When the photo of Julia Child's iconic kitchen popped up in my Facebook newsfeed I saw something that made me grin from ear to ear. While the Internet was buzzing about Julia's pegboard where all her gadgets hung in neat rows my eyes went to one special area of her kitchen: the sink.

Julia's iconic kitchen with pegboard and wash, chop, cook flow.

Julia's iconic kitchen with pegboard and wash, chop, cook flow.

When I designed my kitchen the designer at the cabinet showroom reminded me to pay attention to the kitchen work triangle which is a small work area that included the refrigerator, sink and cooking surface.

This is a sample of the typical triangle work flow.

This is a sample of the typical triangle work flow.

I did follow that advice but I have an obtuse triangle because on one very important reason - the sink and the cooking surface are on the same side of the triangle.

At first I was sure I failed at my kitchen's design. After all, wasn't I supposed to have three elements in a perfect isosceles triangle? Well, it turns out it was more of a blessing than a mistake.

Look at Julia's kitchen and notice that her sink flows onto a metal draining board to a wooden cutting block and then to her cooktop. Genius! Why? Because this is actually how work flows in a kitchen. We retrieve items from the refrigerator or pantry, we wash them, we chop them and we cook them.

Wash. Chop. Cook.

This set up is the fastest way to get work done in the kitchen because we are taking no unnecessary steps. There is flow to Julia's setup and I assume hers was designed with intention where mine was not.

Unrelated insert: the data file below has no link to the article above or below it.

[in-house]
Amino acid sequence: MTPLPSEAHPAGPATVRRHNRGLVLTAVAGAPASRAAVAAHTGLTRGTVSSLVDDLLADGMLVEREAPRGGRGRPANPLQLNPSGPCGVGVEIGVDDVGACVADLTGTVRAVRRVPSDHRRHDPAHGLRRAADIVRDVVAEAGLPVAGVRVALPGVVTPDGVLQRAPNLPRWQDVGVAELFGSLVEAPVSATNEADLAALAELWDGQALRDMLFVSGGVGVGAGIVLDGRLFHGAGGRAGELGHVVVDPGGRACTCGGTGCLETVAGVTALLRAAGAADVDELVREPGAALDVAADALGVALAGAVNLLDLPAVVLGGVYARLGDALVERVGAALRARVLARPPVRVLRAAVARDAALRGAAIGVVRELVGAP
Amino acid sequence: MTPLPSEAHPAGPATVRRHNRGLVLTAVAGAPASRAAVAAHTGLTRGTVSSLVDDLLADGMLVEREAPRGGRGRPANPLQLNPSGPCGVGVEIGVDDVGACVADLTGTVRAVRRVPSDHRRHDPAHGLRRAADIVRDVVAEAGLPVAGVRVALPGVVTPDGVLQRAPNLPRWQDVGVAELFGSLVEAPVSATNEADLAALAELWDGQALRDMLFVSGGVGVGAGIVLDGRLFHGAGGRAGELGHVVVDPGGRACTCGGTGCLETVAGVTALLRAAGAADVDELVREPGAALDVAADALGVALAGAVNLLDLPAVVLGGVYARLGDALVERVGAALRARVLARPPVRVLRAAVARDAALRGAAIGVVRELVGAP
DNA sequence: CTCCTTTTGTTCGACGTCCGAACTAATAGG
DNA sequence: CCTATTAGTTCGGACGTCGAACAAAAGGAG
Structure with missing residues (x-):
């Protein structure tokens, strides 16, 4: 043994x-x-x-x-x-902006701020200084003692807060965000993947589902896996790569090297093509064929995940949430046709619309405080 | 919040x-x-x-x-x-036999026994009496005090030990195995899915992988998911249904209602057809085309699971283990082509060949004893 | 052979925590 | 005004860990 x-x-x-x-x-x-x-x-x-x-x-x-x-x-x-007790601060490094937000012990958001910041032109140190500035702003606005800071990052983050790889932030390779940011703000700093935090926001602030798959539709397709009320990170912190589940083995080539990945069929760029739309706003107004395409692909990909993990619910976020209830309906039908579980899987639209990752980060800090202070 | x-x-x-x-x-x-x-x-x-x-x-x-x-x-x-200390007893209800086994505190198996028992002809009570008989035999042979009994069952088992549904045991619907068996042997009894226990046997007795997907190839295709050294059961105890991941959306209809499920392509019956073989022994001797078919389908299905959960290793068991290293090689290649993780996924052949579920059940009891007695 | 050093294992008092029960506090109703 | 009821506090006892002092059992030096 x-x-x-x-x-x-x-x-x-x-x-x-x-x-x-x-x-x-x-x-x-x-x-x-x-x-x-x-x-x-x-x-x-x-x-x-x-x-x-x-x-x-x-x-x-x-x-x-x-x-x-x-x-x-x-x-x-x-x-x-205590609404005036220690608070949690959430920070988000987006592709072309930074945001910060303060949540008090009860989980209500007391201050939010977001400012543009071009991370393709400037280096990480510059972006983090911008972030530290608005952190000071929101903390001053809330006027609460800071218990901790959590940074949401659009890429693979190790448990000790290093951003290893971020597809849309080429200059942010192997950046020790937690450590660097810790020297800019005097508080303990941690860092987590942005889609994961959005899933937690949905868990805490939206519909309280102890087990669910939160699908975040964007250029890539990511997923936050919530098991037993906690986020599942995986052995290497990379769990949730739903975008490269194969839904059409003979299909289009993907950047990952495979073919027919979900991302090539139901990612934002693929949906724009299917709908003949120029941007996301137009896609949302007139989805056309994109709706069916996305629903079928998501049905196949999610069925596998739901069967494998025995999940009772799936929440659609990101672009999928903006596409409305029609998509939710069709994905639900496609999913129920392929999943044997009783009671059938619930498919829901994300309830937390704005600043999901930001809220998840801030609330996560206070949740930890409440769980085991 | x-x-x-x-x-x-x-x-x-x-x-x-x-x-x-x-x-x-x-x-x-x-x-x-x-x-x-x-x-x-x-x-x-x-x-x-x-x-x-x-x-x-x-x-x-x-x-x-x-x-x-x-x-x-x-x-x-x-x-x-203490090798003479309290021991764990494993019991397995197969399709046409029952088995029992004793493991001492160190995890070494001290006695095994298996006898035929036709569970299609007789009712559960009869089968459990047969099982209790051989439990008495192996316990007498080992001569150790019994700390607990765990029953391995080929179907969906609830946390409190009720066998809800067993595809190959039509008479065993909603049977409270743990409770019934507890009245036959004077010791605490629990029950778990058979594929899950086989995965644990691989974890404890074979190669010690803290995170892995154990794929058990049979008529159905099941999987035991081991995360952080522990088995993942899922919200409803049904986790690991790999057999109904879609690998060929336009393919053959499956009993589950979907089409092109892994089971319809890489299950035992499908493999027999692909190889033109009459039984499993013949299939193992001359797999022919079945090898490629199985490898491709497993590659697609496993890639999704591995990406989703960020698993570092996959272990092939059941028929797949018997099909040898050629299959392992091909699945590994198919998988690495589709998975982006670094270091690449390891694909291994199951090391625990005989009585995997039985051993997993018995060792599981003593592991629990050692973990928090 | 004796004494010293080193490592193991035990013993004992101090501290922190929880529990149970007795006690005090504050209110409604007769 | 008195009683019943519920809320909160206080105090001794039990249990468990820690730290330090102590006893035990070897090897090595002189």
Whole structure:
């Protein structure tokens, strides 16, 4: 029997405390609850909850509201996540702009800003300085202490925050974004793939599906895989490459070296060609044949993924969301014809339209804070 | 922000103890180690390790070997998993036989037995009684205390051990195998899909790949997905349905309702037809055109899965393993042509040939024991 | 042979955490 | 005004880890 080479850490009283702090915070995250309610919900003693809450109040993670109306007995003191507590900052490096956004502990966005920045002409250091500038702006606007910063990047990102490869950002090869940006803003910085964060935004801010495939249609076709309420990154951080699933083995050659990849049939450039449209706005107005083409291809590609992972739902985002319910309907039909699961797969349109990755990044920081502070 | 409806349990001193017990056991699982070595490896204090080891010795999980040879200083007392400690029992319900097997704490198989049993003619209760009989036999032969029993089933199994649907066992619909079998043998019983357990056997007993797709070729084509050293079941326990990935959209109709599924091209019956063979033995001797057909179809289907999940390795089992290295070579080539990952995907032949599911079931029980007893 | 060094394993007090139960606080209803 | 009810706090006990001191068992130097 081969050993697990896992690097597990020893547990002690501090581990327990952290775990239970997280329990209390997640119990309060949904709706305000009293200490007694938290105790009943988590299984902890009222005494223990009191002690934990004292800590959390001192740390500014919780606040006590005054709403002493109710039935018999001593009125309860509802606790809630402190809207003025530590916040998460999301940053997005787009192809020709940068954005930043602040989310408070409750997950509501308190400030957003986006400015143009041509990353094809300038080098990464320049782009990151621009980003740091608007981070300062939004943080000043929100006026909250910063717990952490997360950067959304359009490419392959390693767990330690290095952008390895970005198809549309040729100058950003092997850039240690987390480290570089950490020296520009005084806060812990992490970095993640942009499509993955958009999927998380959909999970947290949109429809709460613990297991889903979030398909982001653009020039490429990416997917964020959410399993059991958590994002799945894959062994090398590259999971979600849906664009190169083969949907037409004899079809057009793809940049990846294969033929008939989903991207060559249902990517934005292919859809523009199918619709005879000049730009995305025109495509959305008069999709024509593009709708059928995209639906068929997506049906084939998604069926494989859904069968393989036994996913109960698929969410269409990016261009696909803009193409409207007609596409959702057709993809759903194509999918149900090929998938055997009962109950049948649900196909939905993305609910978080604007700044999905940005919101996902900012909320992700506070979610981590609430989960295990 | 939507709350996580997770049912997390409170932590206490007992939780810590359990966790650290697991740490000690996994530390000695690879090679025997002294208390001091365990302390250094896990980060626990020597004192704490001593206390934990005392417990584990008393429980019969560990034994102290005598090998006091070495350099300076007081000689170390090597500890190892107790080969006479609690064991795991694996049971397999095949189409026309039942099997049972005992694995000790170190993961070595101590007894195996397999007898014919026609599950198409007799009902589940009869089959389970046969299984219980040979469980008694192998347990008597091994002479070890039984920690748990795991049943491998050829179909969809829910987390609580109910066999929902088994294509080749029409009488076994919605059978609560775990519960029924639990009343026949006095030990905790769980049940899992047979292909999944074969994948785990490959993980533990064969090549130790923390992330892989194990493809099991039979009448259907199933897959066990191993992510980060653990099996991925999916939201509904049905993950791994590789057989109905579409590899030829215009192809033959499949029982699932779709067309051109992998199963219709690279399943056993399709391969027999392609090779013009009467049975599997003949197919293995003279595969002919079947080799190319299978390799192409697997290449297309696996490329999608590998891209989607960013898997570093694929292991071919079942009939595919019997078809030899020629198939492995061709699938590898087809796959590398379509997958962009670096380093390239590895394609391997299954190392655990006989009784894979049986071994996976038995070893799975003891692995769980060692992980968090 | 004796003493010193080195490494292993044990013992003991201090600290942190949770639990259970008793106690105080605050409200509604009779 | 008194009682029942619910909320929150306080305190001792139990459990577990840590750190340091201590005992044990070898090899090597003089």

When I look at a kitchen - either in person, in a magazine or online - I am searching for this wash/chop/cook flow. If something like excessive floor space, an island or an appliance interrupts it I look for ways I could redesign it.

Kitchen are the social heart of the home but they are also places of work. The kitchens that are the most frustrating to look at are the new kitchens where I assume that the designer had choices. The worst are island sinks if it is the only sink. Can you imagine carrying a load of wet vegetables or raw meats to a chopping surface and dripping all over the floors? Not smart.

For me, being fast in the kitchen equates happiness. I love to cook but I am busy. I want to minimize my time in the kitchen and to do this I need maximum work flow. Wash. Chop. Cook.

Just like Julia.